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DA Gets Cop-on-cop Shooting

The case involves Lt. Greg Brachle who shot Det. Jacob Grant on Jan. 9 during an undercover drug bust near Central and Tramway.


The Bernalillo County District Attorney’s Office is reviewing the case of an Albuquerque Police Department lieutenant who shot a fellow police officer nine times during a $60 drug bust to determine if charges should be filed against the lieutenant.

The DA’s office got the police reports and other documents on the case from the APD on Oct. 5, DA spokeswoman Kayla Anderson told ABQ Free Press on Friday. DA Kari Brandenburg had requested the files on Sept. 4 from Police Chief Gorden Eden, but hadn’t gotten an immediate response from the chief.

The case involves Lt. Greg Brachle who shot Det. Jacob Grant on Jan. 9 during an undercover drug bust near Central and Tramway. Grant was critically injured during the incident and will require a lifetime of medical care, according to a civil rights lawsuit he has filed against APD and Brachle.

Brandenburg was not immediately available for comment on Friday.

According to his lawsuit, Grant, an 11-year APD veteran, was shot nine times by Brachle with a .45 caliber handgun from a distance of less than five feet during the drug bust. “Det. Grant suffered catastrophic injuries as a result of the shooting and almost tragically died,” the lawsuit said. “All, or almost all, of Det. Grant’s vital organs were shot, damaged, injured or otherwise seriously or detrimentally affected by the shooting.”

In a written statement to ABQ Free Press, Grant’s attorney, Alex Gabaldon, said this about his client’s injuries:

“As a result of being shot nine (9) times at close range with a .45 caliber handgun, Det. Grant suffered critical bullet entry and exit injuries to his neck, shoulder, stomach, hands, colon, bilateral diaphragms, spleen, liver, pancreas, kidney, clavicle, ribs, and to numerous nerves, tendons and ligaments. Doctors have still been unable to remove some of the bullets and shrapnel from his body.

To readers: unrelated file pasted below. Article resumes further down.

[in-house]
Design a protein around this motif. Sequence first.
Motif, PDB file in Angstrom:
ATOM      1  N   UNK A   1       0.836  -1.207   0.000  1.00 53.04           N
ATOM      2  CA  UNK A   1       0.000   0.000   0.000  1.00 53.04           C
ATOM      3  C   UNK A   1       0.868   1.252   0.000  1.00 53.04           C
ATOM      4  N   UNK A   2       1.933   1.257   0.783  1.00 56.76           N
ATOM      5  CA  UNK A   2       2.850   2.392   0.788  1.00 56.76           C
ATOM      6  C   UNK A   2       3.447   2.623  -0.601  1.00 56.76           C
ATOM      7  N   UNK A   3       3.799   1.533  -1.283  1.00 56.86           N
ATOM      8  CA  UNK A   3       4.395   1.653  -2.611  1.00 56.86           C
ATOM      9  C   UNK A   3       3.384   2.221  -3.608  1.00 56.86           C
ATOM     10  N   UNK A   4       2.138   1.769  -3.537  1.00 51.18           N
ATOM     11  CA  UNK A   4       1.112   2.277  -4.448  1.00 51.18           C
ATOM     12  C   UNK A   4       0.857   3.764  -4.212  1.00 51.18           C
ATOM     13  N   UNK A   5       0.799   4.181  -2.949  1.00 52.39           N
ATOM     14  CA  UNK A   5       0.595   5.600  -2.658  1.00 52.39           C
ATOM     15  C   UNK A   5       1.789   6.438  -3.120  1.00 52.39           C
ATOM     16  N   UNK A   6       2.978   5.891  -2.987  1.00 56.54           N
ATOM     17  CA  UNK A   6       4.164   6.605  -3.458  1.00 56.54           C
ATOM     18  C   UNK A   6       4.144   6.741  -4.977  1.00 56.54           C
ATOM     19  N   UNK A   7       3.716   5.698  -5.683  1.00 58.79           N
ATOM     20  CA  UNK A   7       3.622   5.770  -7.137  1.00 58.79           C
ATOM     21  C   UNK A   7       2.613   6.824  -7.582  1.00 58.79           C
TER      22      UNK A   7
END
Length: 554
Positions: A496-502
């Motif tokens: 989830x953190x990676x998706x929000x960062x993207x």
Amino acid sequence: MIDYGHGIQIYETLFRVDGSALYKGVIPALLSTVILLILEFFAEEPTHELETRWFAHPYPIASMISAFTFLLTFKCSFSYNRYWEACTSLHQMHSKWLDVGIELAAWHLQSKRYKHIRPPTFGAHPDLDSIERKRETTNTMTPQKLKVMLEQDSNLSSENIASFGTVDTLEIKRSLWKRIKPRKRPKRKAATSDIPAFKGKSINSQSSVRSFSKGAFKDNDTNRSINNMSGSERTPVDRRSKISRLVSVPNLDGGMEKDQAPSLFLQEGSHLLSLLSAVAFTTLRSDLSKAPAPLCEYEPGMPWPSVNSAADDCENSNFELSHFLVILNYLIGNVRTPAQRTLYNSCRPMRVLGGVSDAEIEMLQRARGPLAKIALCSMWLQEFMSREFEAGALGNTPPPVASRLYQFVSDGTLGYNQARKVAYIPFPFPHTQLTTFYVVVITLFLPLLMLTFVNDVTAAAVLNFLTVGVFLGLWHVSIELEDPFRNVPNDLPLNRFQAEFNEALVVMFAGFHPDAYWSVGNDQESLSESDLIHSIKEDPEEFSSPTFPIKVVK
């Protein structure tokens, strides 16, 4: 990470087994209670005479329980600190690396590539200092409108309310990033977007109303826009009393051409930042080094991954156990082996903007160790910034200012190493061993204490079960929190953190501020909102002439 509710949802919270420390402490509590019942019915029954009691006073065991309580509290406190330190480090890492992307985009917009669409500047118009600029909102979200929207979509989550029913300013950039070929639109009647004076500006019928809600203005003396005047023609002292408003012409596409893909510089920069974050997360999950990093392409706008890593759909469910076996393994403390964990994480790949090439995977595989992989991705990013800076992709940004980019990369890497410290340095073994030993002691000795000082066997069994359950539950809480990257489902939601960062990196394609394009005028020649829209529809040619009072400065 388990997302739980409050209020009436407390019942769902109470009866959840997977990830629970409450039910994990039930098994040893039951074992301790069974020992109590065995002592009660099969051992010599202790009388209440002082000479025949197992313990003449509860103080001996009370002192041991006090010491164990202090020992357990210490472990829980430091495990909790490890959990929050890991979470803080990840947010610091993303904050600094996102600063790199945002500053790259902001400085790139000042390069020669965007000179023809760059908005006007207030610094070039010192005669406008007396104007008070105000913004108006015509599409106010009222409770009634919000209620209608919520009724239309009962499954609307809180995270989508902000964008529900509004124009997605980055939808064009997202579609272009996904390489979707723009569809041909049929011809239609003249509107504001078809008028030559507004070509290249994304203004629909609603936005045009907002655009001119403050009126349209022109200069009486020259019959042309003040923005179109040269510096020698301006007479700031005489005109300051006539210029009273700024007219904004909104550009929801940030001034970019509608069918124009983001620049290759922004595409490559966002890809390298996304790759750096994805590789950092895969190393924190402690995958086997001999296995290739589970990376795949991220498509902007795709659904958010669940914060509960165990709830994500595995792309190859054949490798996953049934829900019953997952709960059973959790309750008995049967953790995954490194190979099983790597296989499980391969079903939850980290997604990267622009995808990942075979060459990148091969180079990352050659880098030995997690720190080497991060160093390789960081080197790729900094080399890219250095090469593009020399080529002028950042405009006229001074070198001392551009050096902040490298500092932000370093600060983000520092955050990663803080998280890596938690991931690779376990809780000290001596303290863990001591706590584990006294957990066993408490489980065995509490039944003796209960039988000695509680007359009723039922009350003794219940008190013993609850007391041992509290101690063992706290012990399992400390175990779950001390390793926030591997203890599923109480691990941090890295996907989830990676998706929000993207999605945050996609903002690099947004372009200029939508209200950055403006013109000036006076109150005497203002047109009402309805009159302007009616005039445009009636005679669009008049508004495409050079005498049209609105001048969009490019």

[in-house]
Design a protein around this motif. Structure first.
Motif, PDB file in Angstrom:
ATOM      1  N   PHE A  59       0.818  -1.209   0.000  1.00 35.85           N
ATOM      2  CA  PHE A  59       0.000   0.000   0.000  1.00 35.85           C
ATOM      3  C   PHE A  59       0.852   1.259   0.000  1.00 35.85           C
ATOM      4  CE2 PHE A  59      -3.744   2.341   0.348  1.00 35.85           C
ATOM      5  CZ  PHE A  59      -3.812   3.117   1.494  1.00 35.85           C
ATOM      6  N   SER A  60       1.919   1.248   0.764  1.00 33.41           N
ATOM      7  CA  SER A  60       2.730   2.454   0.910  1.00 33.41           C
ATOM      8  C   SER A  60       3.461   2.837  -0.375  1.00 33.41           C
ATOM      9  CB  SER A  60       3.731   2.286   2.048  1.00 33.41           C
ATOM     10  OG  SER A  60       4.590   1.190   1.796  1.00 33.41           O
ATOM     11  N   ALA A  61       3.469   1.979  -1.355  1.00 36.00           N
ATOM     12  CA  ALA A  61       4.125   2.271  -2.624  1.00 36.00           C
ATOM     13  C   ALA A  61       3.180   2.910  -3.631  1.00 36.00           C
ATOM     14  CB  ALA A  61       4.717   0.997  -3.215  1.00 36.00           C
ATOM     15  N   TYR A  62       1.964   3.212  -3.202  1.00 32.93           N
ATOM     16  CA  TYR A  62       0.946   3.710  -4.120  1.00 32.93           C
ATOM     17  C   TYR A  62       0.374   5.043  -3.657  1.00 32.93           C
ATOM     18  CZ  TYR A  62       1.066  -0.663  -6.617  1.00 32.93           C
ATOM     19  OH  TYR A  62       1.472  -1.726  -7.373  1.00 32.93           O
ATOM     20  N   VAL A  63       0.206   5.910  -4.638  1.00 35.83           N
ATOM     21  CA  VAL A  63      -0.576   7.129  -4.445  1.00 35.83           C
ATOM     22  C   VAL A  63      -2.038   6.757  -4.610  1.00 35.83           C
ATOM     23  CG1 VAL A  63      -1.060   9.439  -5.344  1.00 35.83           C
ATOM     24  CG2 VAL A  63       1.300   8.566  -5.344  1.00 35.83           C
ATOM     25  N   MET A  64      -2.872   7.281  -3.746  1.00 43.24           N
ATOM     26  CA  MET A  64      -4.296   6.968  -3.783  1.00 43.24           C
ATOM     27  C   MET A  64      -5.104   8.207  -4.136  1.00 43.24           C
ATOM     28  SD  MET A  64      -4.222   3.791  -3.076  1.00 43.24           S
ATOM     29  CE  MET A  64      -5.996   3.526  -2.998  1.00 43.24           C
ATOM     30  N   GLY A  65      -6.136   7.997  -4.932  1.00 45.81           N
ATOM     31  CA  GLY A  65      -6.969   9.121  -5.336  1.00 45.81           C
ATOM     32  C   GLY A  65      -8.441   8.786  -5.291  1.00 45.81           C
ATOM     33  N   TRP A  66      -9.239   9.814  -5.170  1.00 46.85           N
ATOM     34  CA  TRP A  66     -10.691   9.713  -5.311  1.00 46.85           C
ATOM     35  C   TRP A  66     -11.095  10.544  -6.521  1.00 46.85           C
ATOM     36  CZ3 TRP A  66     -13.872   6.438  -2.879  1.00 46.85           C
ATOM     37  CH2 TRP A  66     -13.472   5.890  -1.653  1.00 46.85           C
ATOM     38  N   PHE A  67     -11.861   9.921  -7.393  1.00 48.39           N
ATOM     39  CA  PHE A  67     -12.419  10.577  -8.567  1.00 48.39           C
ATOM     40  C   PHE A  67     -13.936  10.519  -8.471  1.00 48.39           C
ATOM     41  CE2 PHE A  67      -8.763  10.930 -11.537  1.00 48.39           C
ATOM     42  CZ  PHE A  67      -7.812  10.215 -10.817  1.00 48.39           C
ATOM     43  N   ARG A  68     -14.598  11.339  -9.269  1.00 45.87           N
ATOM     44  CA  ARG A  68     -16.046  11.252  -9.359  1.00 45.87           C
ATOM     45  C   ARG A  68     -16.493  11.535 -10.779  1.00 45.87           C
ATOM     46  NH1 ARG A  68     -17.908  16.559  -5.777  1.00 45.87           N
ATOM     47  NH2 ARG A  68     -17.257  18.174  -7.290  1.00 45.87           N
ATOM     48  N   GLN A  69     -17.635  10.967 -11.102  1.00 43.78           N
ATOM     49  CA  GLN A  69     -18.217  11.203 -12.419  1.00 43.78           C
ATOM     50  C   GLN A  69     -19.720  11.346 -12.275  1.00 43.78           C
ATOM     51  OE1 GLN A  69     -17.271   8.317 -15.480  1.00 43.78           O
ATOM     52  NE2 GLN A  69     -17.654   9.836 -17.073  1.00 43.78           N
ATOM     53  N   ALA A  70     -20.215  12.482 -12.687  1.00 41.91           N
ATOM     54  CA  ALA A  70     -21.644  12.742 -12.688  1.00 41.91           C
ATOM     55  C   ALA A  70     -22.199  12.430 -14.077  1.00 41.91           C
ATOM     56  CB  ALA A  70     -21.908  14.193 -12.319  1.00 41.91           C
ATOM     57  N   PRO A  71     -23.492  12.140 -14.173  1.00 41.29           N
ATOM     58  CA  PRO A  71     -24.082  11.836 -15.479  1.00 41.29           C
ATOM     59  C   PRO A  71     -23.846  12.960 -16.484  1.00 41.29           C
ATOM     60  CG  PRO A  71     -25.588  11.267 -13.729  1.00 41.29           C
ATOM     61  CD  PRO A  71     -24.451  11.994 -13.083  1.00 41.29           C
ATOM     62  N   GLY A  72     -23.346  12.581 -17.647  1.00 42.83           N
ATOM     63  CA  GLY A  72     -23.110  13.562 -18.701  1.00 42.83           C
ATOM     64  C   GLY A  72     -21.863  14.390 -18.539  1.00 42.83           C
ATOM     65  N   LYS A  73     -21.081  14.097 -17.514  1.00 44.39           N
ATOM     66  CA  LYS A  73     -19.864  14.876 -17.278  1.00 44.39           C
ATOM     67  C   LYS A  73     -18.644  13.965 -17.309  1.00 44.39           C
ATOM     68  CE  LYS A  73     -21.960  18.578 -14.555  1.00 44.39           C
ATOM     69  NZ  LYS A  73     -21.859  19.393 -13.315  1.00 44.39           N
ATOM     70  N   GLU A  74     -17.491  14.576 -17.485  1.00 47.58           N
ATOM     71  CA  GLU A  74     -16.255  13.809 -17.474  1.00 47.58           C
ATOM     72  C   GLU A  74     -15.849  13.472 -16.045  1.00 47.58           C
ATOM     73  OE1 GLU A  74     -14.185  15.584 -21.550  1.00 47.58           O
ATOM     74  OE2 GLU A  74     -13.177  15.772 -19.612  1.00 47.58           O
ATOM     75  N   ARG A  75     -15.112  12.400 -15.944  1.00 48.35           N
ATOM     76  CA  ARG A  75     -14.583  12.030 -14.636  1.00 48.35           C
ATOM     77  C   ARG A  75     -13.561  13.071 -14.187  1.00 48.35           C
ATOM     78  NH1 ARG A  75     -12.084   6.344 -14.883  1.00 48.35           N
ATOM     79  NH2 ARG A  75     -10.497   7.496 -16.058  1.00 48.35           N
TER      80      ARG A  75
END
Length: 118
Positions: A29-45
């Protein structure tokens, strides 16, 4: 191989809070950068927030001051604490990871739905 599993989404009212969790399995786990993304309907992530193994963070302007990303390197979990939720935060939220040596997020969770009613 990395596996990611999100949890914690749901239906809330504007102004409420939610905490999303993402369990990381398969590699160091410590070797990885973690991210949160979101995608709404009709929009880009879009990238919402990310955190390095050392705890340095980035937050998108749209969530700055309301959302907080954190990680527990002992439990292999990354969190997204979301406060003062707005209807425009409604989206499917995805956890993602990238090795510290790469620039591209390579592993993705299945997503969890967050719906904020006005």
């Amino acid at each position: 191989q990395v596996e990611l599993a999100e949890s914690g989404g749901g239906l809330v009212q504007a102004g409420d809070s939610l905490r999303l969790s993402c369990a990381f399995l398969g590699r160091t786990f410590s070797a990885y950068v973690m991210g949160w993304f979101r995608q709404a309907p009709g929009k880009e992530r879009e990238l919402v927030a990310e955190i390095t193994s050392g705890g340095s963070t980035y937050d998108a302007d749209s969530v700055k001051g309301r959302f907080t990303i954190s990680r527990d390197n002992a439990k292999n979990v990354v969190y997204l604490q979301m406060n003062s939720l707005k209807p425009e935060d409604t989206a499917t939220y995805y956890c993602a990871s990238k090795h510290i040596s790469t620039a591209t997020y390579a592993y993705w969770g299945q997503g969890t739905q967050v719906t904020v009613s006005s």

“On the day of the shooting, Det. Grant’s injuries were so severe that his doctors doubted that he would survive. Det. Grant was in the hospital for months and he has undergone dozens of procedures and operations. Det. Grant has multiple upcoming procedures and surgeries, including two extremely complex surgeries where surgeons will attempt to reconstruct his abdominal wall.

Detective Grant’s pain is constant and he requires considerable medical care.”

The lawsuit alleged that Grant had worked under Brachle’s supervision for two years before the shooting and that Brachle should have recognized the detective before he started firing his weapon that day. Brachle also knew, or should have known, that according to APD policy, undercover officers on drug cases always sit in the front driver’s side seat of a car, and/or in the rear driver’s side seat, the lawsuit said. Grant was sitting in the rear driver’s side seat that day.
— Dennis Domrzalski

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Dennis Domrzalski is managing editor of ABQ Free Press. Reach him at dennis@freeabq.com.

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Ashley Kurtz is a freelance theater critic.

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